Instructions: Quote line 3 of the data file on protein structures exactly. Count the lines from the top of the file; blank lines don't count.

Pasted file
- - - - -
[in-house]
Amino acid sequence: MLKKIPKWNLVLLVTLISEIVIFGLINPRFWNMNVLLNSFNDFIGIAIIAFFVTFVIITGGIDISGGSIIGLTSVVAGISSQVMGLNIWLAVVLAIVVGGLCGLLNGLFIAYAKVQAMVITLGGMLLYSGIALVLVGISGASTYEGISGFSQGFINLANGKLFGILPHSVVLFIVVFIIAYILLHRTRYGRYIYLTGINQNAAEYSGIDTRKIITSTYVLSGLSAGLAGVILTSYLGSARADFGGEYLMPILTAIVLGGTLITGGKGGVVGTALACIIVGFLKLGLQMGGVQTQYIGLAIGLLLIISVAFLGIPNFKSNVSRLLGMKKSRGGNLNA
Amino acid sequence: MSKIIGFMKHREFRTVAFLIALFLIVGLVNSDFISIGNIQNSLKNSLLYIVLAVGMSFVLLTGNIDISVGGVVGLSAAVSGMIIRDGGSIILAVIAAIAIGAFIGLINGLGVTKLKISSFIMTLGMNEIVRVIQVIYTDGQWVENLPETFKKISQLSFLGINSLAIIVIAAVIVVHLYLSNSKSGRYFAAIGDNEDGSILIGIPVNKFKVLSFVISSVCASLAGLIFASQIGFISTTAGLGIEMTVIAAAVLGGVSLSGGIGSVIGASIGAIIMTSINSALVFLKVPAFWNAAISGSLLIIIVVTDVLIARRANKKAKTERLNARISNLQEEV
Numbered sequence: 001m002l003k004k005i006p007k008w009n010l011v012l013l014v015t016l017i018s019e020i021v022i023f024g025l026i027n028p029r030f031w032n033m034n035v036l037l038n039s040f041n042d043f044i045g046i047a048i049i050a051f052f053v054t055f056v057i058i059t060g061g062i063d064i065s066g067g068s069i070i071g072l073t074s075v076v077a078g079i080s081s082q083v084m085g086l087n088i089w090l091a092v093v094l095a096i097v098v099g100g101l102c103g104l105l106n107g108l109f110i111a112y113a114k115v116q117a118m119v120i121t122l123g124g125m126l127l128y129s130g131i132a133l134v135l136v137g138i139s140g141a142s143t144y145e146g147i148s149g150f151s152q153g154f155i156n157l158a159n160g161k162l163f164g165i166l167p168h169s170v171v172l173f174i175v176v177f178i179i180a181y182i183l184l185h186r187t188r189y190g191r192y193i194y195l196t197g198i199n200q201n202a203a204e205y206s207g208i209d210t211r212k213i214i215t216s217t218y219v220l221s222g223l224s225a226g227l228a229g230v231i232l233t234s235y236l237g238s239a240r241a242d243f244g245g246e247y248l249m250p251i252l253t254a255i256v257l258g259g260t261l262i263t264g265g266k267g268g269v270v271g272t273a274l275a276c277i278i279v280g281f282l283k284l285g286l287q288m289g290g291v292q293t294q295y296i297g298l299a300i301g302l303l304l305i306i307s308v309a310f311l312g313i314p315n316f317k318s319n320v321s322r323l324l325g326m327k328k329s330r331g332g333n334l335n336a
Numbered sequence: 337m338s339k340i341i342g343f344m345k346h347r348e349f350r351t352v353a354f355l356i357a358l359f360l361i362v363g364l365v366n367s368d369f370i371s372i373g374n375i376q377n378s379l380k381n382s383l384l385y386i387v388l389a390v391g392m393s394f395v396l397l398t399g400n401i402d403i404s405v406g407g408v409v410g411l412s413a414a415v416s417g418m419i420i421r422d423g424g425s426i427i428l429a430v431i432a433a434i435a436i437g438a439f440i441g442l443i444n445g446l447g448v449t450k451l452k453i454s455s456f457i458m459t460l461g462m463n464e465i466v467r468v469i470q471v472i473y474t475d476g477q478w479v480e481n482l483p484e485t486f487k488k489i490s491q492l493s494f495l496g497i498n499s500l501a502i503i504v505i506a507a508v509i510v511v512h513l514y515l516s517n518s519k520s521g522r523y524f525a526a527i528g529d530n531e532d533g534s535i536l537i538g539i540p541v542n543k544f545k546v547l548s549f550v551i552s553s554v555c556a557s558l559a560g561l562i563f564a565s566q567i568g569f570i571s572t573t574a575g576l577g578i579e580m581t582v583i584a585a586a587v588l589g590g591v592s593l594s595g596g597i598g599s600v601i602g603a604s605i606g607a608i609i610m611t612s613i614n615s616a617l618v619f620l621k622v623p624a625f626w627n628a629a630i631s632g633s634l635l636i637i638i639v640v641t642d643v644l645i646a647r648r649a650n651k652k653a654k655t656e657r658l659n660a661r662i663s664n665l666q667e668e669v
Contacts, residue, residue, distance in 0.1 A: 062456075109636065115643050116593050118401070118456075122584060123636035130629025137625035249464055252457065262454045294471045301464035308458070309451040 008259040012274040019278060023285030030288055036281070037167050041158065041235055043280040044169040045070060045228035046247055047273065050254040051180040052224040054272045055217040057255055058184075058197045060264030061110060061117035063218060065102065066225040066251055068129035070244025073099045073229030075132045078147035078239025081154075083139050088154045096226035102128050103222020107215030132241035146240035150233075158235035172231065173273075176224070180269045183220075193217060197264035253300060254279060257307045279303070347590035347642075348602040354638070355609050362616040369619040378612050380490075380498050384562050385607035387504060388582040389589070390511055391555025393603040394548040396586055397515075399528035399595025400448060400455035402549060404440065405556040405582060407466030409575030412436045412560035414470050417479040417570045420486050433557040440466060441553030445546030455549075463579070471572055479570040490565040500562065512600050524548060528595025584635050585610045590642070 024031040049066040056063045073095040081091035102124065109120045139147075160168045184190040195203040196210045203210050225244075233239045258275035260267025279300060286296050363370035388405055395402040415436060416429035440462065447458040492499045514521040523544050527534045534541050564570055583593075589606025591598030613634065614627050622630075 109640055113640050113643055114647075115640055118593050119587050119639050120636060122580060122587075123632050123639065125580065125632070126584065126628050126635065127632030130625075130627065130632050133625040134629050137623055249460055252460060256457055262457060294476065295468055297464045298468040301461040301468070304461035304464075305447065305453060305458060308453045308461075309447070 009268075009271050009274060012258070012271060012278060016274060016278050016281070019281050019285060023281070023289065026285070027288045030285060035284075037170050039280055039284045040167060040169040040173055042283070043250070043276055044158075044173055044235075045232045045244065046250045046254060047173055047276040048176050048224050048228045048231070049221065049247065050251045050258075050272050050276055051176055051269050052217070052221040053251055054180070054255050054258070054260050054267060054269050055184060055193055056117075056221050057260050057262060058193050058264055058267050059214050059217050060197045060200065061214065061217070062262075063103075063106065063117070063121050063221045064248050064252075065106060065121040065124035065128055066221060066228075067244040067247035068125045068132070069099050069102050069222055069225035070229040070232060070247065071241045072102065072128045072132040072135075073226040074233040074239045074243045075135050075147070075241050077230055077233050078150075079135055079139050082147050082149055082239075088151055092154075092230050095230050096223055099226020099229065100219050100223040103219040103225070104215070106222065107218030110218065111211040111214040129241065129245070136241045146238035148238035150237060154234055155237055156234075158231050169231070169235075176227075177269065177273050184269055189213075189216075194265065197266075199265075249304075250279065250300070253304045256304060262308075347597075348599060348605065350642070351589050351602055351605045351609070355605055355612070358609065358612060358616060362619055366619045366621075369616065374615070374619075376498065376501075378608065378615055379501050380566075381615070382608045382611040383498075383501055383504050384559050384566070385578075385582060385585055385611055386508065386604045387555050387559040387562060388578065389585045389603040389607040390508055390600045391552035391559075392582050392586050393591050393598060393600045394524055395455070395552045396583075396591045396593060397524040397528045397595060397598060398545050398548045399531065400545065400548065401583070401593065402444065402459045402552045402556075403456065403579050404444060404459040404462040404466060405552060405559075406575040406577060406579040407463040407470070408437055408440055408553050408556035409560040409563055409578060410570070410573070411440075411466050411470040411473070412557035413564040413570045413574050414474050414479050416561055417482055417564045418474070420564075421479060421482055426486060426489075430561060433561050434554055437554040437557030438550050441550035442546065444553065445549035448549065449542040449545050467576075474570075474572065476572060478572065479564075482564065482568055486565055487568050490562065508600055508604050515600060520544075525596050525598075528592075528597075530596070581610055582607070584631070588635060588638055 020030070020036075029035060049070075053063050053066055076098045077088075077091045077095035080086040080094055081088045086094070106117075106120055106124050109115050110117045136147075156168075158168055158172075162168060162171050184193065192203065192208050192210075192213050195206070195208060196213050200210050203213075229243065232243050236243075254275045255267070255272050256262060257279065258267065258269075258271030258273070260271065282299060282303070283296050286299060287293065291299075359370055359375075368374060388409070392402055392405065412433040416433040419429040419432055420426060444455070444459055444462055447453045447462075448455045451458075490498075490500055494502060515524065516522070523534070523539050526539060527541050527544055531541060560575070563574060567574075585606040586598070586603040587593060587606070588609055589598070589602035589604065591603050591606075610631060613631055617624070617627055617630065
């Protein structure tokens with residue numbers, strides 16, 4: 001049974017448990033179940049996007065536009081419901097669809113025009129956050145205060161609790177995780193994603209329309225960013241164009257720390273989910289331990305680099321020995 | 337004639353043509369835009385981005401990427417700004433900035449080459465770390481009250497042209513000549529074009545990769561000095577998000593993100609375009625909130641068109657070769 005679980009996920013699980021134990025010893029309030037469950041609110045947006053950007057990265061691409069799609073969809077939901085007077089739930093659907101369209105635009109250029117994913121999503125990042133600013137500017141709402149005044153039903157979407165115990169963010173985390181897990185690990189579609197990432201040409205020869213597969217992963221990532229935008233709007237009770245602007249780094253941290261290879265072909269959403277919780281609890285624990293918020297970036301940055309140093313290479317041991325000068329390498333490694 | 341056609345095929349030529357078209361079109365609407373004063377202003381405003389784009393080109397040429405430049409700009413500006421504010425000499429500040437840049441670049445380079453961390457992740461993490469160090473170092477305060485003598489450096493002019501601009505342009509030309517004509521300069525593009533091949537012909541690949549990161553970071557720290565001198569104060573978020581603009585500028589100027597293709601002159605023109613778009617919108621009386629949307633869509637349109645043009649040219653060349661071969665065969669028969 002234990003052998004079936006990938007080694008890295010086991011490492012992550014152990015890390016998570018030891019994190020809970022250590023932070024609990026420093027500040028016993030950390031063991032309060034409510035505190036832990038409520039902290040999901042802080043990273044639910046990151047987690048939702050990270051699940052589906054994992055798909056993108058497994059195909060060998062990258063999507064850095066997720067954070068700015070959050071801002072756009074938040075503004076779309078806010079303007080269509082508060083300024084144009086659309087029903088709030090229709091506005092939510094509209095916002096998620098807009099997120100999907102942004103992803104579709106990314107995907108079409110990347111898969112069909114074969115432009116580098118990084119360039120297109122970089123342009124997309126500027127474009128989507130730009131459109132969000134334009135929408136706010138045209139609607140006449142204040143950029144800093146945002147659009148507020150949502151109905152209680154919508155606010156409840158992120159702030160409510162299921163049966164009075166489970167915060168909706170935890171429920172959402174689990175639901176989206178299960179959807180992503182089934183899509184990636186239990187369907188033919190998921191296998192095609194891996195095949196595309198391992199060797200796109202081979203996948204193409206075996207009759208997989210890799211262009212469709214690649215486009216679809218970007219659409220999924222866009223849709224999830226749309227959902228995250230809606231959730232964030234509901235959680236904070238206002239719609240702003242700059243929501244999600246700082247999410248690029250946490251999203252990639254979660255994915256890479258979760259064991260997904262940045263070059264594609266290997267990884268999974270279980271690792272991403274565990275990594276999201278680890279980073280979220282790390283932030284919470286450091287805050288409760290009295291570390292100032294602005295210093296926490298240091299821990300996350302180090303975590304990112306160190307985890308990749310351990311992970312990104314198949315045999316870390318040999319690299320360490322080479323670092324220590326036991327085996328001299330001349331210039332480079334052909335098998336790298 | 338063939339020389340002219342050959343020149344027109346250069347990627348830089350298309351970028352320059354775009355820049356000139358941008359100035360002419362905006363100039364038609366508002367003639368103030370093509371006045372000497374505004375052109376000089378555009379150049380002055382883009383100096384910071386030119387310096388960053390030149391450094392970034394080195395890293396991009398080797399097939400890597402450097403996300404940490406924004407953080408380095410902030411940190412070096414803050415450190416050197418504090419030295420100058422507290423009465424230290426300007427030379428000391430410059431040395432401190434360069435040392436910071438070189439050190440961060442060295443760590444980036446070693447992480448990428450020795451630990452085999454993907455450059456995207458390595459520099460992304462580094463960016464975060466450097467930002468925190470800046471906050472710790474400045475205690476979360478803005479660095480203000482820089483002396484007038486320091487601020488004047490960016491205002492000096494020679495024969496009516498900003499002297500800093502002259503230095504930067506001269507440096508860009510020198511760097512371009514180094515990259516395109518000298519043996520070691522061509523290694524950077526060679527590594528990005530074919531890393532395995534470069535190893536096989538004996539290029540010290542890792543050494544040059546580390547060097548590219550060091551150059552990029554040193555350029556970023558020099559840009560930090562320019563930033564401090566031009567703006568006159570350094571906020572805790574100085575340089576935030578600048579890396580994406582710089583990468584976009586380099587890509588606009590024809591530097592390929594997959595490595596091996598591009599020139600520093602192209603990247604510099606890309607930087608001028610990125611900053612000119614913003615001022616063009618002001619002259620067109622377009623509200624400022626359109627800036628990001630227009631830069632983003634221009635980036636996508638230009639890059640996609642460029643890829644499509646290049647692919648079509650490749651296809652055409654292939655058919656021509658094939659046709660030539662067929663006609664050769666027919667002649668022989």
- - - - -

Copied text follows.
Amino acid sequence: MSKIIGFMKHREFRTVAFLIALFLIVGLVNSDFISIGNIQNSLKNSLLYIVLAVGMSFVLLTGNIDISVGGVVGLSAAVSGMIIRDGGSIILAVIAAIAIGAFIGLINGLGVTKLKISSFIMTLGMNEIVRVIQVIYTDGQWVENLPETFKKISQLSFLGINSLAIIVIAAVIVVHLYLSNSKSGRYFAAIGDNEDGSILIGIPVNKFKVLSFVISSVCASLAGLIFASQIGFISTTAGLGIEMTVIAAAVLGGVSLSGGIGSVIGASIGAIIMTSINSALVFLKVPAFWNAAISGSLLIIIVVTDVLIARRANKKAKTERLNARISNLQEEV